I’m sitting at the registration desk in the emergency room. The cheerful young lady on the other side of the Plexiglas barrier hands me a sheet of paper with a lot of words on it, and x’s by all the blank lines. “Initial four places and sign once,” she instructs. I skim the paragraphs. “I have to pay you.” “I have rights.” “You won’t sell my data.” “I can’t smoke in here.” “OK, I get it.” I summarize as I add the signifiers of my informed consent to all the relevant hospital policies.
“I can’t smoke in here” especially makes me laugh, because it reminds me that I don’t smoke any more, so it doesn’t apply to me personally any more, but would if I were twenty years younger. But if I were twenty years younger, I wouldn’t be sitting across from this cheerful young woman in the first place. I’d be cooking breakfast for the little girl I quit smoking for, who’s now about the same age as this efficient bureaucrat. I wonder whether the young woman likes her job.
Later, before the test, I sign another piece of paper, on which the friendly young technician has recorded all my answers to the medical history questions he just asked me. This time, it means that I affirm that all those answers are true and correct. I don’t check to make sure he’s made the right marks on the page, though. We were just having a conversation about the silliness of these get-away-for-the-weekend bachelorette parties girls in their twenties are having now. I trust him.
Same signature, different context.
The experience reminds me that “what it means” itself “means” more than one thing. The way we use the word “meaning” touches on several more precise verbs. We use “what it means” to refer, depending on context, to “what it signifies,” “what its author intended,” “what it implies,” and “what consequences it entails.” Sometimes we even include “how it affects [the reader]” – e.g., “this means so much to me.”
All of those different things concern us as readers of text, or may. Only a fraction of them ever occupy the conscious mind of a human author, however. Unless we think we are wrong to include significations and implications and consequences and impacts and influences in our catalog of the meanings of meaning, it would be a mistake to insist that the only meaning a text can have, or the only one that matters, is the one that was in the mind of the original author as the text was being shaped on the lathe of composition.
Yes, we need to grasp that meaning. We need to do our best to understand what would have been in the mind of the author of a text. We need to do our best to understand what would have been in the minds of the first readers or hearers of a text, too. And we need to do our best to reconstruct the implicit assumptions and conditions that made the text intelligible at its birth. Even though the author and audience might not have noticed all that they took for granted, we usually treat the background of intent as all of a piece with the intent it makes possible.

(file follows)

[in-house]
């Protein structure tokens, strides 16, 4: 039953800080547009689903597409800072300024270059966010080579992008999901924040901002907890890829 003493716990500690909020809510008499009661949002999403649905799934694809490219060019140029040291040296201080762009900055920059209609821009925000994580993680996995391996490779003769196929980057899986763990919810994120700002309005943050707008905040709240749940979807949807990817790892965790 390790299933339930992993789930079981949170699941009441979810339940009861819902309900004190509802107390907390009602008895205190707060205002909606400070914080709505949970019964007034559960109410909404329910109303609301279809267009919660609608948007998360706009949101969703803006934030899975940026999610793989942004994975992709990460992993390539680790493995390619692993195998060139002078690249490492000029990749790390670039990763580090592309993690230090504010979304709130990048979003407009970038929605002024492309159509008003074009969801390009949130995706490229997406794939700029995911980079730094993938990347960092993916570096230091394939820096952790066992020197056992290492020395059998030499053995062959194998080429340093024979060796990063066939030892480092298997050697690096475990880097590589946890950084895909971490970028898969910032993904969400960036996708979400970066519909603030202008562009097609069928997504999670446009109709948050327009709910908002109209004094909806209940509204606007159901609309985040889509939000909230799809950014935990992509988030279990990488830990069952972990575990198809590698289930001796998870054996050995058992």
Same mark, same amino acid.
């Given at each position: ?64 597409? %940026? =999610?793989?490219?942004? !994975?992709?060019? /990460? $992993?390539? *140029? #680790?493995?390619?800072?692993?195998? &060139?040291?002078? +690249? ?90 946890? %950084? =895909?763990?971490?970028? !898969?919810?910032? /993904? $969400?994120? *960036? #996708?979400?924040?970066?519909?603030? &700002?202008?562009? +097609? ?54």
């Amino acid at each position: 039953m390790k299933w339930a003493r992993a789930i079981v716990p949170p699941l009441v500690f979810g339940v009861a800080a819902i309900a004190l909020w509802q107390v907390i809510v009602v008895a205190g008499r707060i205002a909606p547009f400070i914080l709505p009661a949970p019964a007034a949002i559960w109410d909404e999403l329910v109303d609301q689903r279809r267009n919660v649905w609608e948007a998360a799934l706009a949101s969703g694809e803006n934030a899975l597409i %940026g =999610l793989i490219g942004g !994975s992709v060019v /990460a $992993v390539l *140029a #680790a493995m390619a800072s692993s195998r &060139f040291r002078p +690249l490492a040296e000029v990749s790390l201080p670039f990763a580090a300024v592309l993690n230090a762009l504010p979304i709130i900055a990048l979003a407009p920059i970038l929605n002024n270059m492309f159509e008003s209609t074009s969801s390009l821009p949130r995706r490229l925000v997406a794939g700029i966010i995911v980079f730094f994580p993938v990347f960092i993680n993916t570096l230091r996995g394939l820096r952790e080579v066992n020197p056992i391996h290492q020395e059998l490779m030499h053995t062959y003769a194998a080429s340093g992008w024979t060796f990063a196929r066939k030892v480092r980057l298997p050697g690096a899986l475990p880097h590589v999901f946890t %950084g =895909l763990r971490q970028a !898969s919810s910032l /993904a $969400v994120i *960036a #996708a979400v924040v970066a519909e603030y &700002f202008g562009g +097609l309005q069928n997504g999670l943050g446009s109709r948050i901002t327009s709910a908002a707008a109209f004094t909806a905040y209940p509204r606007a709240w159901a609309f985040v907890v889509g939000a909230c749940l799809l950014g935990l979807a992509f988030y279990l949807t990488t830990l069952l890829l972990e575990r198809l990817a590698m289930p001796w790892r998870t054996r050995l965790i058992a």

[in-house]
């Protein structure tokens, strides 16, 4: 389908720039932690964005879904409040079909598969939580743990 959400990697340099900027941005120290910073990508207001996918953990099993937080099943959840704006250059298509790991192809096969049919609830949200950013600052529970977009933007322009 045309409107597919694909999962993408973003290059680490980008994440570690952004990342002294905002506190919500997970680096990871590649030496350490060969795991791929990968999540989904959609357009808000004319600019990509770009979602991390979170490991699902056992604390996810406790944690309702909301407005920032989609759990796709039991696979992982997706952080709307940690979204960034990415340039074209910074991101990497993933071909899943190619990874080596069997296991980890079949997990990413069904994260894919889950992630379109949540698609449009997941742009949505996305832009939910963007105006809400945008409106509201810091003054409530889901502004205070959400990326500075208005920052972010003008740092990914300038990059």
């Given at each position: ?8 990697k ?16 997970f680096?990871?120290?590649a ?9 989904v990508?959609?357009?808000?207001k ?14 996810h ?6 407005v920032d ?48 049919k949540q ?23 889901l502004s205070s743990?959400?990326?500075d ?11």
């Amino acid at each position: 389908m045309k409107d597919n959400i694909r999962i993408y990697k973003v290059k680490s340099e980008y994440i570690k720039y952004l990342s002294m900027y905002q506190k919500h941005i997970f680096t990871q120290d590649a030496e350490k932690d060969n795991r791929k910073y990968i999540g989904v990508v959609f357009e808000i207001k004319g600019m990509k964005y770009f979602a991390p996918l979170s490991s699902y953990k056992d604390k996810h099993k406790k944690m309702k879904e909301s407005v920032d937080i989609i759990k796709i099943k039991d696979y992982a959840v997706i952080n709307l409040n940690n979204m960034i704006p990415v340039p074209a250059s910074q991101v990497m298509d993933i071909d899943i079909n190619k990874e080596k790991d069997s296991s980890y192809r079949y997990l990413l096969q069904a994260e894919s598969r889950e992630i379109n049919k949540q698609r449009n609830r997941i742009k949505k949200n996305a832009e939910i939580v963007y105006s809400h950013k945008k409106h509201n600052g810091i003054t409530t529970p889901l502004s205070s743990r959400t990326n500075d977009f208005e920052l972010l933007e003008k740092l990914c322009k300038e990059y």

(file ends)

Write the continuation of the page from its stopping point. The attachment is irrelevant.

But taking all of that seriously does not release us from considering, just as seriously, our own relationship to those intentions and receptions and assumptions. We are not released from asking ourselves whether what a text implied then, in its original context, is the same thing that text implies now, in a different context. We are not released from asking ourselves whether the text has acquired new or different significations and implications along the way, or other entailments, as the world has changed around it, or whether it has shed any of its original ones. We are not released from asking ourselves, or from answering, how the text can and cannot, may and may not, should and should not, now be used.
I’m sitting in class on Sunday morning, and we’re reading Hebrews 10. It’s pretty clear the author of the book of Hebrews considered the way of Jesus Christ a more excellent way than the way of the first century sacrificial cult with its roots in the scripture of Israel. And, has composed a text meant to persuade contemporaries to hold fast to that way of Christ, and not to return to a more familiar religious way, one that the author compares unfavorably to the way of Christ. It’s hard to doubt that the author “meant” that the way of Jesus Christ had arrived as a new and improved incarnation of an ancient divine revelation. I’m thinking the author intended to communicate that.
I don’t imagine, however, that in so doing the author also intended all the world historical consequences of taking that idea flatly and seriously down through the past couple of millennia. But I also don’t imagine that we ourselves get to ignore those consequences. We might think that since this author didn’t mean any harm by this set of ideas, we can’t mean any harm by embracing them and repeating them, either. But in real life, it doesn’t work that way. “[Christ] abolishes the first in order to establish the second” (Hebrews 10:9) means [signifies, implies, entails, raises different thoughts and feelings] something different for us than it meant in the year 65 or 75 CE.
Same words, different context.
We have to deal with that difference. As someone says in class: we might have to let some of the tradition go. Like the part of the tradition that has read that text as a warrant to teach little Christian children that their Jewish friends are going to hell. “By their fruits you shall know them” applies to readings, too.
To deal with that difference, we have to notice it. We can’t just ask “what did it mean then?” We also have to ask what it has come to mean now, because of what it has meant to readers along the way, and what those readers have done with that.
There’s a lot in the chart, so to speak. To what has the author actually appended a signature? And to what will we? And what does that signature mean?
Image: Open Bible with note for the lector, public domain, via Wikimedia Commons